Such a relief when someone says ‘fantastic doesn’t mean flawless’…. Thanks, Noel!
Anne Wareham, editor
Review of the Eden Project by Noel Kingsbury
The Eden Project, since its opening in 1999, has kept itself in the top 15 or so British tourist attractions. Brilliant, given that its subject matter, economic botany, was always the most boringly presented part of most traditional botanic gardens.
Eden is, quite simply fantastic.
But fantastic does not mean flawless.
Just because something is wonderful does not mean that we should all lie on our backs and kick our legs in the air. So, what I’d like to do here is critique it, looking at what it says on the tin (“We aim to inspire people about their world”) and at Eden as a garden (it also says on the website “creating stunning gardens” and at the place’s success in supporting bio-diversity.
Eden is a family-fun day-out place, and one very much in the tradition long established by London’s Science Museum, a place to pull levers and push buttons. Its an incredible learning place, with interpretation second to none, with the didactic very often taking the form of elaborate, colourful and whacky art installations. I learnt a lot on my visit, I really did. It’s truly wonderful that such an incredibly popular, and unashamedly populist, place should have as its centrepiece teaching us about our relationship with plants.
The interpretation is incredibly balanced. It is never corporate (there are no corporate sponsors as far as I know) but neither does it bleat the Prince Charles anti-technology, anti-Green Revolution line which worthy ‘green’ projects often do.
As a garden though, I am not so sure. It’s inconsistent. The original landscaping was done by a major company who I do not intend to embarrass by naming, as it was a while ago that they did it. People-flow works well (that’s the really important bit) but basically the overall landscape of the place is an incoherent mess. There seem to be a lot of strips, which is ok if it is agriculture which is being addressed, less so if it is natural environments. None of the strips cohere into any kind of pattern but have a random quality. Odd things appear, like a triumphal way of pleached limes which leads from nowhere to nowhere. Having said that the planting of bulbs, hellebores and other springy things underneath the limes was masterly (but that’s the Eden Hort team not the landscape designers).
Worst of all are some vast slabs of evergreen shrub planting, particularly of Quercus ilex. They form a dreary biodiversity desert in contrast to the bright natural covering formed by the wild gorse on the far reaches of the opencast mine Eden is situated in. There are more slabs of this supermarket style shrub planting in the outer zone of the project too. Since Cornwall seems to have some of the best wildflowers to be seen in Britain, I’m amazed by how little of the natural flora there is to be seen here.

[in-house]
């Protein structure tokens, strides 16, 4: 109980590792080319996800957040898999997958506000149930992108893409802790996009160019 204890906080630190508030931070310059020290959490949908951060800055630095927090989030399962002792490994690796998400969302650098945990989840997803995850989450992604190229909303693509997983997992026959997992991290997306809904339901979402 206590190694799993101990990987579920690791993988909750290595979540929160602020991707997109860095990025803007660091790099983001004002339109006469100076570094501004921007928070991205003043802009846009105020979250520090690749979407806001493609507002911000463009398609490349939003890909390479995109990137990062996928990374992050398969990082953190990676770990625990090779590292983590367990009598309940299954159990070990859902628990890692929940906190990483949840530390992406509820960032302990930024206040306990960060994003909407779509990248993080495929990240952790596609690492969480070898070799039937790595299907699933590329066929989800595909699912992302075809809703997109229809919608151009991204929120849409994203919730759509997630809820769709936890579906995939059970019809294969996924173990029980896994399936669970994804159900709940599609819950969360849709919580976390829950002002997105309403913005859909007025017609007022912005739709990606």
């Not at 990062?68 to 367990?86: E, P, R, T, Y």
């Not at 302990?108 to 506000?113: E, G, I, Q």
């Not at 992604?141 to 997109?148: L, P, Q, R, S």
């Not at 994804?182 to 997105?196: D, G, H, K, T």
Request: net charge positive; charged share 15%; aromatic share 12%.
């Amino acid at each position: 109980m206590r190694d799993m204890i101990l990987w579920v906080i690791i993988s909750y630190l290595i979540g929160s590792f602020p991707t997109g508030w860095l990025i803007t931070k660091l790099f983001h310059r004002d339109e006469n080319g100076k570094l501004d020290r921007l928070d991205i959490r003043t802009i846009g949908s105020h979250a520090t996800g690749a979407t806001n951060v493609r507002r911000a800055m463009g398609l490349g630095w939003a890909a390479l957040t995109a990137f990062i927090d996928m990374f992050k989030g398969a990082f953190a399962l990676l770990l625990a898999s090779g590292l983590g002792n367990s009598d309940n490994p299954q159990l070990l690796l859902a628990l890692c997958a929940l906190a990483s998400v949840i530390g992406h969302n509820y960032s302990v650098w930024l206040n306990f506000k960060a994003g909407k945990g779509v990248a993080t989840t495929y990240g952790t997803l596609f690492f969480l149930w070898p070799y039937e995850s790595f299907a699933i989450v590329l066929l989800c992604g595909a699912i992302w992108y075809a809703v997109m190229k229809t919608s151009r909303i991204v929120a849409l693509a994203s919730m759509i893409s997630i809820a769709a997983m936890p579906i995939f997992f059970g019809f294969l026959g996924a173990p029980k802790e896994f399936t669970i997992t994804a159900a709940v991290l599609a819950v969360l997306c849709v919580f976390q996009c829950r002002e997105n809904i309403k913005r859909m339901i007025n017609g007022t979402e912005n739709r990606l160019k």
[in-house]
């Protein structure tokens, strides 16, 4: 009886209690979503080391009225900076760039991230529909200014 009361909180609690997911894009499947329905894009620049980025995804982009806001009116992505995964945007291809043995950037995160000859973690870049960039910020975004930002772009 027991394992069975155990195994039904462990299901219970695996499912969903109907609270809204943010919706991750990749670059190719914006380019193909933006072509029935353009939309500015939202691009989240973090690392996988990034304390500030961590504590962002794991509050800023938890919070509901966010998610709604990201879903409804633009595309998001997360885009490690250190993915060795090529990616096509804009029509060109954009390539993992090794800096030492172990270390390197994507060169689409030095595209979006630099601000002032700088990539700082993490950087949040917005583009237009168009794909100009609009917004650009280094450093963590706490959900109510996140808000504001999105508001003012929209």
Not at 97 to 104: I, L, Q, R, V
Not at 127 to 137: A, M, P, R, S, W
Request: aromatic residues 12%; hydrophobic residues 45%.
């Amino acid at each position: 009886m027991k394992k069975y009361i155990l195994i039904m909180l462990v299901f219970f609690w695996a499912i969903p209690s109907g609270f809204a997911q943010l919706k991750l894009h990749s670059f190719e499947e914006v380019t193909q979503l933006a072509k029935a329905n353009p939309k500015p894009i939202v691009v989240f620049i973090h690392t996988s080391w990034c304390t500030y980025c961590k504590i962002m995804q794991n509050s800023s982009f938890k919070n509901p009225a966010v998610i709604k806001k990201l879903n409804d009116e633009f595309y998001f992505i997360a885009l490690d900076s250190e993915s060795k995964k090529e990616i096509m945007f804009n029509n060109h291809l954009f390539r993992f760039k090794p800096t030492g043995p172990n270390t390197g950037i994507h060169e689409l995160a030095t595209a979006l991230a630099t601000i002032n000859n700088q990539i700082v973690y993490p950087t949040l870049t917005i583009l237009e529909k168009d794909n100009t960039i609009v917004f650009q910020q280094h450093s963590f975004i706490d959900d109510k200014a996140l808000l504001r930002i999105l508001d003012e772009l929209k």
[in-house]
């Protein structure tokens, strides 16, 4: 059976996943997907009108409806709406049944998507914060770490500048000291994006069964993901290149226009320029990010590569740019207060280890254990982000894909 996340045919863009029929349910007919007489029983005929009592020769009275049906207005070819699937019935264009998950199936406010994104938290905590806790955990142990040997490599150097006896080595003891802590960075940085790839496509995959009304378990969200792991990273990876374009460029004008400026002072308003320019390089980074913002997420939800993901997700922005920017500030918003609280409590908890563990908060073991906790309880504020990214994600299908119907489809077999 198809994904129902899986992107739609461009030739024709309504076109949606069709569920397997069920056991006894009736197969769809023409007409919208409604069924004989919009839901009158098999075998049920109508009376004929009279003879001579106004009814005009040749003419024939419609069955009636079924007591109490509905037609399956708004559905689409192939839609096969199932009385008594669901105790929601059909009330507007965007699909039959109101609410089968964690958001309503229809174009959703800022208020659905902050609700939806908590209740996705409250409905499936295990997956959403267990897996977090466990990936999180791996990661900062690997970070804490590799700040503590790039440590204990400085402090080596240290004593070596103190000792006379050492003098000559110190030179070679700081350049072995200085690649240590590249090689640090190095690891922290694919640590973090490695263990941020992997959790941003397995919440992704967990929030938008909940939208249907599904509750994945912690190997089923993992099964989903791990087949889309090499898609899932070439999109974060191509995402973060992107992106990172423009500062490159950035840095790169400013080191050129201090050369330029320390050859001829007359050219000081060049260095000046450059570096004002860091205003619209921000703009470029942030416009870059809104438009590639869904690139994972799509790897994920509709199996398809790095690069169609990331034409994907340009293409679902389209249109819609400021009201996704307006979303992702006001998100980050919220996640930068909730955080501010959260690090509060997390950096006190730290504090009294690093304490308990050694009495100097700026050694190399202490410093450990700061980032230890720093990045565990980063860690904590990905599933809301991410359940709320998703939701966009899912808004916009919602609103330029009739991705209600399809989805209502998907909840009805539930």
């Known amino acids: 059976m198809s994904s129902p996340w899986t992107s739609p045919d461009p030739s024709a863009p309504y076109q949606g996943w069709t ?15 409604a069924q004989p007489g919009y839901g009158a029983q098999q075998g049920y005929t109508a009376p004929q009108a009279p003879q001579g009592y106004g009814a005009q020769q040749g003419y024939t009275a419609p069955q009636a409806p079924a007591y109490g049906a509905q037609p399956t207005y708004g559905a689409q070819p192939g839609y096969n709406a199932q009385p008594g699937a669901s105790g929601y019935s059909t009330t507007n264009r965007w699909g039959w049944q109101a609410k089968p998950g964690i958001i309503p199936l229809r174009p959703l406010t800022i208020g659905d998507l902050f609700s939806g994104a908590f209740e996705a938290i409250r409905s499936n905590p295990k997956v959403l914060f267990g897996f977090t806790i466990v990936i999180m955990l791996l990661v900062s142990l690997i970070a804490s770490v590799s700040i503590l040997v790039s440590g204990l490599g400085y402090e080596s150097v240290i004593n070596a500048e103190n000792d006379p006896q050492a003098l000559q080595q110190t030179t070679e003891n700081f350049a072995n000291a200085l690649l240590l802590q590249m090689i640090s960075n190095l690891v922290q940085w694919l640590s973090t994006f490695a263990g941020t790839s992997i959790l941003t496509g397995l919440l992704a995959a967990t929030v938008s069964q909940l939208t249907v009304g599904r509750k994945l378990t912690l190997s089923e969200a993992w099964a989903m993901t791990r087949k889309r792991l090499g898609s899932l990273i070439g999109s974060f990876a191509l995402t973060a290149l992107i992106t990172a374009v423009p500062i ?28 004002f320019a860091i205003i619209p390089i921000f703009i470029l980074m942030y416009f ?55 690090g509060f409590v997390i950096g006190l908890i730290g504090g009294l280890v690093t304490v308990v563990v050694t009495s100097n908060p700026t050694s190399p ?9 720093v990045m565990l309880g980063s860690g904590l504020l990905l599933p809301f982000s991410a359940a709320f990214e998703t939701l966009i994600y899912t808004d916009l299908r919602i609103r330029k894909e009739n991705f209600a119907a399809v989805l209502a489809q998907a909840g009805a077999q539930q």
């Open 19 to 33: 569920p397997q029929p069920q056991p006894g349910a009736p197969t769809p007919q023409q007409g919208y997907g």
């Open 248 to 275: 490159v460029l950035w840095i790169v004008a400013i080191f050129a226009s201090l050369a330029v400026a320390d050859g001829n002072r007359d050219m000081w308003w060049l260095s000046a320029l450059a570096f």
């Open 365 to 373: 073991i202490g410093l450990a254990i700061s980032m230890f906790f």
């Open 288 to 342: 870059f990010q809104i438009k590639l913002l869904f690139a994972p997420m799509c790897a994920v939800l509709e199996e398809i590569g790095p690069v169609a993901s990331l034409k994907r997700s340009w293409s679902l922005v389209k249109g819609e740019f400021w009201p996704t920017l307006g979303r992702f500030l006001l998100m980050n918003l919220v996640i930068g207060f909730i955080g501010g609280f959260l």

Getting down to near the biome domes, things improve as this is where the Eden horticulture team take over. They have developed a quite unique style, which is very formal in a way, but totally unlike what we normally understand by this word. There are a lot of monocultural strips, but in bold stripes or curves, interspersed with areas of densely interplanted perennials and bulbs, often with bold colour combinations. A lot of it looks highly intensive, but bears no relationship to traditional bedding or municipal planting. You could say it was a contemporary version of a parks style, but it lacks any of the pretentiousness which so often accompanies the word ‘contemporary’. It really is very successful, and all the better for being very simple. It is also wonderfully colourful and flows around the often very sculptural exhibition material.
The dome-shaped biomes are what the Eden project is really famous for. There are two, a Mediterranean climate one, and a so-called Rainforest one (although Tropical would be a better title). The Mediterranean one integrates the natural environment with the human/plant relationship with little stone structures, a mock Spanish church tower and even a French Resistance Maquisard encampment. The natural planting is the most genuinely naturalistic I have ever seen in a botanic garden greenhouse, with a lot of plants intermingling just like they would in nature and a great deal of self-seeding of various Mediterranean annuals going on. I took quite a few pictures that could have been taken on the French Riviera/South African Cape/California. The sheer naturalness of it (which is probably highly supervised) really convinces. Its even better than the Mediterranean-climate great glasshouse in the Welsh National Botanic Garden, and that is saying something.
The Rainforest biome was a deep disappointment on my first visit years ago and remains so. Its sheer scale and basic success as a hot, sticky and green experience should not blind us to what a massive lost opportunity it is. Its interpretation, which is centred around tropical crops and the use of tropical plants is truly excellent, often involving lots of colourful props such as a lorry, the bows of a ship, straw huts etc. Kids must love it. The planting though is incredibly tedious. Apart from the crop plants (many of them trees) the planting is done with bog standard house-planty stuff, like Boston ferns, peace lilies and that horrible purpley ground-cover thing you used to buy in yogurt pots at church fetes.
The overall feel is of those tropical regions which have been thoroughly trashed in order to grow crops, and which have lost most of their original flora. There is no celebration of the natural biodiversity of the tropics. Epiphytes, for example, are virtually non-existent: about a dozen bromeliads and one (yes one) orchid. It really is a travesty, especially in comparison to the (much more modestly-sized) Mediterranean biome.
Eden deserves our support; it really is a wonderful place, but it could be even better.